Nobody likes mistakes. They can be honest, embarrassing, unforgettable or costly. But everybody makes them. Esteemed English writer Alexander Pope etched the phrase “To err is human” into everyday vernacular because everyone, from the mailroom to the boardroom, knows that nobody’s perfect. While that is easy to accept, it’s difficult to admit—no one wants to claim they made an error in hiring the wrong candidate or that their business model was flawed.
As a leader, you don’t want to look like an idiot want people to view you as being capable for your position, and mistakes can threaten that—especially the big ones. But protecting the image of always being right can be the biggest leadership mistake to make.
In his book Failing Forward, John Maxwell looks at making mistakes in a positive light if handled in the right manner. He writes, “In life, the question is not if you will have problems, but how you are going to deal with your problems. Are you going to fail forward or backward?” The concept of failing forward is that you may stumble with your mistakes, but as long as you do not land on your back and stay there, progress is being made. You can use errors to the benefit of your leadership role, team and overall vision by taking these appropriate actions:
The initial response of making a mistake is to cover it up, or blame someone or some other outside factor. But those actions almost always magnify the mistake long-term. In 1985, the Coca-Cola Company did away with its original, famous soft drink formula, and replaced it with New Coke. Remember that? There was an immediate outcry—even outrage—from consumers with the move. Instead of pointing fingers at rivals or market conditions regarding the fiasco, Coca-Cola admitted they neglected to consider the emotional attachment to the original drink, and employed a simple strategy to correct it. Sergio Zyman, a key player in the new brand, explained the process to Forbes magazine and summed it up as so: “Ate a big slice of humble pie and brought Classic back 77 days later.” It takes courage to admit to those you are leading that you were wrong, but it is the first and most important step for moving back in a positive direction.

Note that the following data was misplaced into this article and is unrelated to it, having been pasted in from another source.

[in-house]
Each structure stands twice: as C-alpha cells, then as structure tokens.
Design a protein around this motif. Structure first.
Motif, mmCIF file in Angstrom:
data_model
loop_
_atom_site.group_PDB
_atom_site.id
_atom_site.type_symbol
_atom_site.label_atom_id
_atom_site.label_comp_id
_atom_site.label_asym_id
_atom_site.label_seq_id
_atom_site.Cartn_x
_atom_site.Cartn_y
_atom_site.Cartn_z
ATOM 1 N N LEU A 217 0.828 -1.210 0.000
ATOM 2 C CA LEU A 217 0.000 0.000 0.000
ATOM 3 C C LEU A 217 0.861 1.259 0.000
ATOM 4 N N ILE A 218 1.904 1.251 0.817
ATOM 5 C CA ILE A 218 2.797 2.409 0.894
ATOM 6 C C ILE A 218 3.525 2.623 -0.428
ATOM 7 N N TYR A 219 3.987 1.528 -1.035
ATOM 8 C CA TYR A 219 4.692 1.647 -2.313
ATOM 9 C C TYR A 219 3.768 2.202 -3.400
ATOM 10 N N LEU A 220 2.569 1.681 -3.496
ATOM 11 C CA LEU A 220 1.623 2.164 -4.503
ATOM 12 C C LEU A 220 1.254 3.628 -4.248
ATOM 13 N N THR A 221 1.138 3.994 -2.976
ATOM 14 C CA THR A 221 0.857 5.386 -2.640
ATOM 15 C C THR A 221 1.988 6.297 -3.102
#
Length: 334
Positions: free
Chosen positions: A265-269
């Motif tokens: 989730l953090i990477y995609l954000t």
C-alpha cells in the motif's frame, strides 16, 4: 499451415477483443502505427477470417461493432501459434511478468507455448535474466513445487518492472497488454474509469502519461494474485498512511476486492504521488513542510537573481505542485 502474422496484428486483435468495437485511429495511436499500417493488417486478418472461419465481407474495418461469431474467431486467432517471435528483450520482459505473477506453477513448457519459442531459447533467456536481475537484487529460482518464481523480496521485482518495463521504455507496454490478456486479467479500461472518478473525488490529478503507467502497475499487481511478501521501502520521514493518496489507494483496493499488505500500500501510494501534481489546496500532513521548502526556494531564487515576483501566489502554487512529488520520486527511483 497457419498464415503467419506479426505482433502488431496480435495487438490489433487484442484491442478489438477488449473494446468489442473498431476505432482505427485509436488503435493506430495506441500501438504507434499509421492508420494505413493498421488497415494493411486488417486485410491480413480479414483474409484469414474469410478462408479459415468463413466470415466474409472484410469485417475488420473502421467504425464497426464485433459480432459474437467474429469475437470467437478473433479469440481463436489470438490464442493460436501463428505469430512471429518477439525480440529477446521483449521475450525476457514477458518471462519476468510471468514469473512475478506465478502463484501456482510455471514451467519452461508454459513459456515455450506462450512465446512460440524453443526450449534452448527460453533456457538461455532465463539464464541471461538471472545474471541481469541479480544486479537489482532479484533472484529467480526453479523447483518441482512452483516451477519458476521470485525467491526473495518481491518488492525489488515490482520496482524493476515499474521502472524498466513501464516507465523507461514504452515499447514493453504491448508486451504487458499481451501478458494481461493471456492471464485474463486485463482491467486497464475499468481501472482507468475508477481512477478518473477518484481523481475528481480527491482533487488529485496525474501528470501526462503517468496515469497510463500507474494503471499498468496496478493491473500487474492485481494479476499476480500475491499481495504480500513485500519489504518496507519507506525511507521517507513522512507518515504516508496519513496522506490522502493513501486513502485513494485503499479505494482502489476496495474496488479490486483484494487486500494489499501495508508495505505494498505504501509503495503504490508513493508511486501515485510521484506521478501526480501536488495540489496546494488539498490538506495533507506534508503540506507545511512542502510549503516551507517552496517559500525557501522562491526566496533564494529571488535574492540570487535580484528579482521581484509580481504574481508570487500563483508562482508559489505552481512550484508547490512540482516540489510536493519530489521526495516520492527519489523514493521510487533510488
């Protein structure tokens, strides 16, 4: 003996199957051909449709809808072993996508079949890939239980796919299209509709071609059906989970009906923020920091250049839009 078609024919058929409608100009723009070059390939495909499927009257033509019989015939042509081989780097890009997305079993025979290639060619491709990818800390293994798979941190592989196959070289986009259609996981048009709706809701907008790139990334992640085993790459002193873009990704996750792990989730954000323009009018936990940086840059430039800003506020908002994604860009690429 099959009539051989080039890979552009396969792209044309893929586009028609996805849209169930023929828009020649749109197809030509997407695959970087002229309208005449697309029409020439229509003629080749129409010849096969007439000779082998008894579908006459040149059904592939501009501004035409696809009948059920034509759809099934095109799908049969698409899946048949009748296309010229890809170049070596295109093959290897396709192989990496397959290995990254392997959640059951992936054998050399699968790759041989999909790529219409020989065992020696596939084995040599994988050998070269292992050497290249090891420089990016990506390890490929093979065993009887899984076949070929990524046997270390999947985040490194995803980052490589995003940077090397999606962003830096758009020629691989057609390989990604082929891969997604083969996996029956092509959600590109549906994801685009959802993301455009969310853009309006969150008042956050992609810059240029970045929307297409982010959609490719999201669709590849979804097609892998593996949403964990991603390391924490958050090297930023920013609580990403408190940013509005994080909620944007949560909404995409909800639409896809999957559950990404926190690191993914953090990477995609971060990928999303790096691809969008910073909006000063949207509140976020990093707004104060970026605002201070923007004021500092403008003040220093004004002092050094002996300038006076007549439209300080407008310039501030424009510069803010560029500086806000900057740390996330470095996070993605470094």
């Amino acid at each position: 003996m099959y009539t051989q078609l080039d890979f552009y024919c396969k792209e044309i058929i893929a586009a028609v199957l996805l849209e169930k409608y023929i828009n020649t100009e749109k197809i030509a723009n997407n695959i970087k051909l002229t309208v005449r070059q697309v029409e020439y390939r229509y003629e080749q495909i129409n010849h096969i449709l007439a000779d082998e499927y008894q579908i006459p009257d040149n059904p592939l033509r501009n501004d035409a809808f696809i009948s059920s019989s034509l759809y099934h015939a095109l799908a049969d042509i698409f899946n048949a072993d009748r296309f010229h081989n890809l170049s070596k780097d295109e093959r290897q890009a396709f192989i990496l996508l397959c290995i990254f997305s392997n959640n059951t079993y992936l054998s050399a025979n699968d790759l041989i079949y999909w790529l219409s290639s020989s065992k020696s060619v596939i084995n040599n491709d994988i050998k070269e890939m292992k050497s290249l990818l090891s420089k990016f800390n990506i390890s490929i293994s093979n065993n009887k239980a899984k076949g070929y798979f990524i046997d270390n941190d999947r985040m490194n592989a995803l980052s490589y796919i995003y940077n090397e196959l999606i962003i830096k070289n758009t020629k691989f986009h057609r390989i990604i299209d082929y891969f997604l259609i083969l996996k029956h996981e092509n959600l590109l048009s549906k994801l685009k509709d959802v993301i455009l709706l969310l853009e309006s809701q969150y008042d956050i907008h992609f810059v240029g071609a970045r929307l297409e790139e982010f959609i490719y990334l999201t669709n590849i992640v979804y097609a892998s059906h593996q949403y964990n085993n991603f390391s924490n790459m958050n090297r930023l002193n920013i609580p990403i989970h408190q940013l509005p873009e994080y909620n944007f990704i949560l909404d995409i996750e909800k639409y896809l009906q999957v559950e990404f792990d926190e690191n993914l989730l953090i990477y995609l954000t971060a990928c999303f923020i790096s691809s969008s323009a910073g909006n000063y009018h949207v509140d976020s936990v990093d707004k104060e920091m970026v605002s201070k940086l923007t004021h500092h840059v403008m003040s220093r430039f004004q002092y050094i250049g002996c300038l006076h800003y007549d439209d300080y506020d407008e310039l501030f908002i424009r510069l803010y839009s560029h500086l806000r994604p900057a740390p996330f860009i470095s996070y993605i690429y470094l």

React and Repair Together
Once you realize and admit a mistake has been made, don’t let it worsen. Brainstorm with your team on how to correct the problem as quickly as possible. It can be disheartening to have someone you are leading offer the solution for the issue you might have caused, but if it protects your vision, it will be an easier pill to swallow. Don’t lose sight of the fact that you assembled a team because you couldn’t achieve your vision alone. Fixing your mistake with the help of others will quickly get you back towards realizing it.
“Appreciate your mistakes for what they are: precious life lessons that can only be learned the hard way… unless it is a fatal mistake, which, at least, others can learn from,” observes satirist, and possible Minnesota Senator, Al Franken. As the leader, communicate what oversights and miscalculations led to the mistake, and discuss with your team what new information was gleaned and can be applied to upcoming strategy-making and challenges. No matter who errs, everyone should learn a valuable lesson from it.
Keep the mistake in perspective and your eye on the big picture. Just because the mistake, at the time, seems catastrophic, it doesn’t necessarily mean the end is near. It’s just another step in the process of reaching your goal. In fact, it may even spurn new ideas that would not have been realized otherwise. Don’t aim for perfection with your team, but instead aim for making progress with both right and wrong actions. As renowned ad man Leo Burnett once said, “To swear off making mistakes is very easy. All you have to do is to swear off having ideas.”
Move On Fearlessly
As you get past your mistake, do not move forward with a sense of fear for making another one.
Management expert Peter Drucker explains, “The better a man is, the more mistakes he will make, for the more new things he will try.” Communicate that philosophy so that there is no hesitation in your team’s efforts. That way, when future mistakes do occur, they will be kept in a positive light rather than a burden that weighs everyone down.
Unless your “team” happens to be the Chicago Cubs, and your name is Steve Bartman…Related